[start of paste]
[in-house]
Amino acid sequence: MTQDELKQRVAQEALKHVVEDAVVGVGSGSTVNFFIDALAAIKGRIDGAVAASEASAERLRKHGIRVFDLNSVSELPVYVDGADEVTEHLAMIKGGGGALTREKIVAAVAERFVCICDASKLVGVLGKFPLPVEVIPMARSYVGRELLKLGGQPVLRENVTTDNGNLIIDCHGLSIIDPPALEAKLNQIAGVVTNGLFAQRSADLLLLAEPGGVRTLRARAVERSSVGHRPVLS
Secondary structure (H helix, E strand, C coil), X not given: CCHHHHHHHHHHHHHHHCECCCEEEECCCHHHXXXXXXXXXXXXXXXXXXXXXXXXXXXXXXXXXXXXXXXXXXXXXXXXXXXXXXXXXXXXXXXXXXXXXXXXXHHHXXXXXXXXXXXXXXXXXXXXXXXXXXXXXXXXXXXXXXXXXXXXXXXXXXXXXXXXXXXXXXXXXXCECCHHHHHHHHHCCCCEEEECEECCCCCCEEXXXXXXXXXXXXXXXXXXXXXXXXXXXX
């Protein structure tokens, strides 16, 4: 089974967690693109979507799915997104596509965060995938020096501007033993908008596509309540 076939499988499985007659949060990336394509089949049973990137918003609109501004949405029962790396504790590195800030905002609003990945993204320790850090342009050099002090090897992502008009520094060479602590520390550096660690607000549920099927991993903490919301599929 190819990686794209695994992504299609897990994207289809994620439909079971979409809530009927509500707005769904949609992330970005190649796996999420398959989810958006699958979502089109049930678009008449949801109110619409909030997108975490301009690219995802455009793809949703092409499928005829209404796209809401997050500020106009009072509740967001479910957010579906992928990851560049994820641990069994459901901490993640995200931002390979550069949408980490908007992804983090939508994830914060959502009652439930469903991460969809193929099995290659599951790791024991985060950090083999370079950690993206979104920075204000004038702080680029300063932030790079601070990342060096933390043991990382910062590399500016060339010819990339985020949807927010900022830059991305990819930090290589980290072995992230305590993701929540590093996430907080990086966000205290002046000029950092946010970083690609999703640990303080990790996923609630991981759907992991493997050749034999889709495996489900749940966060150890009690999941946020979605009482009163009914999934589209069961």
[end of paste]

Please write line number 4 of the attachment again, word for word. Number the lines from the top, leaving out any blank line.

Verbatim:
């Protein structure tokens, strides 16, 4: 089974967690693109979507799915997104596509965060995938020096501007033993908008596509309540 076939499988499985007659949060990336394509089949049973990137918003609109501004949405029962790396504790590195800030905002609003990945993204320790850090342009050099002090090897992502008009520094060479602590520390550096660690607000549920099927991993903490919301599929 190819990686794209695994992504299609897990994207289809994620439909079971979409809530009927509500707005769904949609992330970005190649796996999420398959989810958006699958979502089109049930678009008449949801109110619409909030997108975490301009690219995802455009793809949703092409499928005829209404796209809401997050500020106009009072509740967001479910957010579906992928990851560049994820641990069994459901901490993640995200931002390979550069949408980490908007992804983090939508994830914060959502009652439930469903991460969809193929099995290659599951790791024991985060950090083999370079950690993206979104920075204000004038702080680029300063932030790079601070990342060096933390043991990382910062590399500016060339010819990339985020949807927010900022830059991305990819930090290589980290072995992230305590993701929540590093996430907080990086966000205290002046000029950092946010970083690609999703640990303080990790996923609630991981759907992991493997050749034999889709495996489900749940966060150890009690999941946020979605009482009163009914999934589209069961």